All the fibre in the world won’t make me poo!

“All the fibre in the world won’t make me poo” my patient told me. I often get patients who complain of chronic constipation.

“All the fibre in the world won’t make me poo” my patient told me. I often get patients who complain of chronic constipation. As a therapist, our first approach is to address diet to make sure that there is enough fibre in the diet.  That works in most cases, but for some, even a good diet seems to make no difference to their bowel systems.

I must admit that I never quite understood this, and like many therapists thought that the person is just not trying hard enough with their diet. Surely if they were eating the right foods, bowel movements should come easily and naturally? That is what I believed for a long time: until I struggled with my own daughter’s constipation.  She was on a pristine diet, absolutely no junk, plenty of vegetables, good quality fruit, the right amount of wholegrains.  However she could not have a natural bowel movement without using suppositories

How was this possible? I was gob-smacked! The worse her constipation got, the harder I tried to bring more fibre into her diet and that is when I learned, after plenty of research, that diet is not the only contributing factor to our bowel movements.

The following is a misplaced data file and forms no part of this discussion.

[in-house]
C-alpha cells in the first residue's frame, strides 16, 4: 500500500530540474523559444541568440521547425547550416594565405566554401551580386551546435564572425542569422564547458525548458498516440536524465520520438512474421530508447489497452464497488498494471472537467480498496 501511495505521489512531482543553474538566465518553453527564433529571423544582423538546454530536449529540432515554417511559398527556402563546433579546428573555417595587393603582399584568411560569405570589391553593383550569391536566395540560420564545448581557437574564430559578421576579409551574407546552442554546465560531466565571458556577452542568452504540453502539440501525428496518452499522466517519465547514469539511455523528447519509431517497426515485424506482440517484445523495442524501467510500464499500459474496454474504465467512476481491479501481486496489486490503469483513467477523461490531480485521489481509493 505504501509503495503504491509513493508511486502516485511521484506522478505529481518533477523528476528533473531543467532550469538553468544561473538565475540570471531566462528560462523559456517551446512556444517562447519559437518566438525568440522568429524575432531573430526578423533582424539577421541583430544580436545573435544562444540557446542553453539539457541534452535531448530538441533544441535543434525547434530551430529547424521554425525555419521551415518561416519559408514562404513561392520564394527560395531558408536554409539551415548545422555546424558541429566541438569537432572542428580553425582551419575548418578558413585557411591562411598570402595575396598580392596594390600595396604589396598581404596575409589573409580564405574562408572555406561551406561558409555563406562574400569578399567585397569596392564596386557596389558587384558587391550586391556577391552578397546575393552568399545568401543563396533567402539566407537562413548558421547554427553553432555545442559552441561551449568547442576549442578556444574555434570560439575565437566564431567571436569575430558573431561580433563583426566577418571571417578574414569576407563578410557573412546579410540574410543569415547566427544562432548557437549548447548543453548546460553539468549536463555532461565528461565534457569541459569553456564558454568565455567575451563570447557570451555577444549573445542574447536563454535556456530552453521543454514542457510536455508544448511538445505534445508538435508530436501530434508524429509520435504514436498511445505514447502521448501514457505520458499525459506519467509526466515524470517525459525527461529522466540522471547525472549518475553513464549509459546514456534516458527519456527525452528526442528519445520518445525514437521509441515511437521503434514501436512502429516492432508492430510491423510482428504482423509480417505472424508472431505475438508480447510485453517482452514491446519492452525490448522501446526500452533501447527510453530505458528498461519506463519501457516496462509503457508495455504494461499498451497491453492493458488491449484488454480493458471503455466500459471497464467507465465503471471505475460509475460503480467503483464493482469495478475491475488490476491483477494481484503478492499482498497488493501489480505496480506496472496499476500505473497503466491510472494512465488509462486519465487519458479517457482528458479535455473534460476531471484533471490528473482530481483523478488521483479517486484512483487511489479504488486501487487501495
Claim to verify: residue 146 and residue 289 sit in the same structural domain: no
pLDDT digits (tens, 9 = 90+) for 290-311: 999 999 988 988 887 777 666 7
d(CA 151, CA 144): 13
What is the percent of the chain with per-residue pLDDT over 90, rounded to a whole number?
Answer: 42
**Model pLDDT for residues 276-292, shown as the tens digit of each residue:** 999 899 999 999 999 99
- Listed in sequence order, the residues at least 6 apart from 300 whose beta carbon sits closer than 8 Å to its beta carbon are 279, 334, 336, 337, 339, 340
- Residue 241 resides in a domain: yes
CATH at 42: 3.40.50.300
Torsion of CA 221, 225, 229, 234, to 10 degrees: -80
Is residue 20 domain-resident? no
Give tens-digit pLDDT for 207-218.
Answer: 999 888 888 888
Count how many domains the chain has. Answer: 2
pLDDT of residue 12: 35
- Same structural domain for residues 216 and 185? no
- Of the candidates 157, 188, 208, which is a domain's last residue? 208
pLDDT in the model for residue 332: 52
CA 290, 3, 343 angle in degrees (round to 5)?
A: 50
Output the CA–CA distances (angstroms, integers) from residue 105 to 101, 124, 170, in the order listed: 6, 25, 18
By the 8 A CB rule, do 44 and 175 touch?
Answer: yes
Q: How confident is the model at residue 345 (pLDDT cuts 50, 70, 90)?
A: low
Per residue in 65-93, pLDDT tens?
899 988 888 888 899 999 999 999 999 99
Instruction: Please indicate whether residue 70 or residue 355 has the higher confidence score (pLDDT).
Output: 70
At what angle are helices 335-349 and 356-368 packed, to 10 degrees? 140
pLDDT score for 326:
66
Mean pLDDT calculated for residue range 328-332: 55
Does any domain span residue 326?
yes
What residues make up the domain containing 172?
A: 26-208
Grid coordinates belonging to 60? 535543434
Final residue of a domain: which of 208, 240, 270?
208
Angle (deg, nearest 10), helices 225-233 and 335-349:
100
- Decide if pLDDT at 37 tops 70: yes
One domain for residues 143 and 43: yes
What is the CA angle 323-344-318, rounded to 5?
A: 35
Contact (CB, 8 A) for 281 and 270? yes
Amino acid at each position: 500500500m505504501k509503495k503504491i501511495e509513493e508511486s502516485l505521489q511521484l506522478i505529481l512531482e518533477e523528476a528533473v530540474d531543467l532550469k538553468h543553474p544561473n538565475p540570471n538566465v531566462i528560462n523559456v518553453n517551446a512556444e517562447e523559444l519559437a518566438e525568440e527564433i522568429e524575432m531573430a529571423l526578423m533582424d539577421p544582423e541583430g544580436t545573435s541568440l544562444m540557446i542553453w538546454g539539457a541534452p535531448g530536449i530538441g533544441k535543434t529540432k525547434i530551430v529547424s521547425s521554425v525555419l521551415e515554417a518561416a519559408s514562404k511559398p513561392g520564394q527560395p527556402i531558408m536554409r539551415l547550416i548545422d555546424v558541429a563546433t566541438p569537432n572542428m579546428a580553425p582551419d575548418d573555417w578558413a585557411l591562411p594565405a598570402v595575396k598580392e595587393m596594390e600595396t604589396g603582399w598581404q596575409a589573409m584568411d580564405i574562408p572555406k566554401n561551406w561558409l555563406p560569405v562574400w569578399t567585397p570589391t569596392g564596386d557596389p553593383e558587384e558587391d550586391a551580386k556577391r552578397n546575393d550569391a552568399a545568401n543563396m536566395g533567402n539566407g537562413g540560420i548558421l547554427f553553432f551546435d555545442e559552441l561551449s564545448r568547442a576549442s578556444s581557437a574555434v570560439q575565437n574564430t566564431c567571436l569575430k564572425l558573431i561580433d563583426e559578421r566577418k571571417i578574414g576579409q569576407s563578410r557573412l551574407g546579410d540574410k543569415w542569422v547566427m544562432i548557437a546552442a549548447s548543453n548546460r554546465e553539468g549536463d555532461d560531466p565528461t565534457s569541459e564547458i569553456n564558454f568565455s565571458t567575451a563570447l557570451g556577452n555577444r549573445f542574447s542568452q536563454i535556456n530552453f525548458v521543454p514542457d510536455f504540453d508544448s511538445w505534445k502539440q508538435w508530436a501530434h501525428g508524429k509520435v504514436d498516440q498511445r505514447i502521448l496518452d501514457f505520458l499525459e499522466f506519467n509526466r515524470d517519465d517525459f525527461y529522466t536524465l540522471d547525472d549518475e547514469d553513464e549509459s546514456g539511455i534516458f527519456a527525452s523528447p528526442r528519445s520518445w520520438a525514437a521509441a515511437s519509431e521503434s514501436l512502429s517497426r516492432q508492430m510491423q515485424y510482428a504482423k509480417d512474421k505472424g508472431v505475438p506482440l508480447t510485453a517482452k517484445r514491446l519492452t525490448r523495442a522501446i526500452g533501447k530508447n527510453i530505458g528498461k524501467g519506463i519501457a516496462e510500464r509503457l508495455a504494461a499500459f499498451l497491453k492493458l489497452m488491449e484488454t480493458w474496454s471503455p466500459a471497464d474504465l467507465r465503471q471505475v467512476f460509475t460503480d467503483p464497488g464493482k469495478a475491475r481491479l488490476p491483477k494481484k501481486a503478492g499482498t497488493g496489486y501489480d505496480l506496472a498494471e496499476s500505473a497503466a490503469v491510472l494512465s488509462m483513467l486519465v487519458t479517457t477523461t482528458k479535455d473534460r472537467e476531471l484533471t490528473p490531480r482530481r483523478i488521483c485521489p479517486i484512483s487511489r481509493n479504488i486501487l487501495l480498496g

So, for those patients who struggle with their bowels even when they are on a very good diet, here are some of the findings that I found helpful:

  1. Multiple neurotransmitters and hormones are involved in regulating gut function.  The most common being serotonin and acetylcholine.  That means that low mood or depression can contribute to constipation. More importantly, since these neurotransmitters are produced in the gut, if the gut isn’t working as it should, the production of these neurotransmitters is reduced leading to depression.  It is also the reason why anti-depressants can cause bowel changes.
  2. Restrictions in the fascia around the bowels can also cause constipation. This was the case with my daughter.  Fascia is the sheath that surround our muscles and organs.  Sometimes this sheath wraps itself around the organs and becomes knotted.   Myofascial release is the technique used to unknot this sheath, giving more space for the intestine to function normally.  I couldn’t believe it when, just after 2 sessions, my daughter’s 5 years of constipation was over. We have never had to use a laxative again!
  3. Organ dysfunction, such as stomach, liver or gall bladder problems can also greatly contribute to constipation.  A deficiency of bile can cause very severe constipation.    Low stomach acid is another contributor. Low thyroid function slows down the metabolism of the body and with it, the speed of bowel movements.

So, how can we differentiate the cause? The table below may offer some help:

There are other causes, so if you are not sure please talk to your practitioner.

In conclusion, although diet is very important in prevention, as you can see from the above, there are many other factors that could be contributing to constipation.  If you are unfortunately struggling with this problem please don’t hesitate to get in contact with us.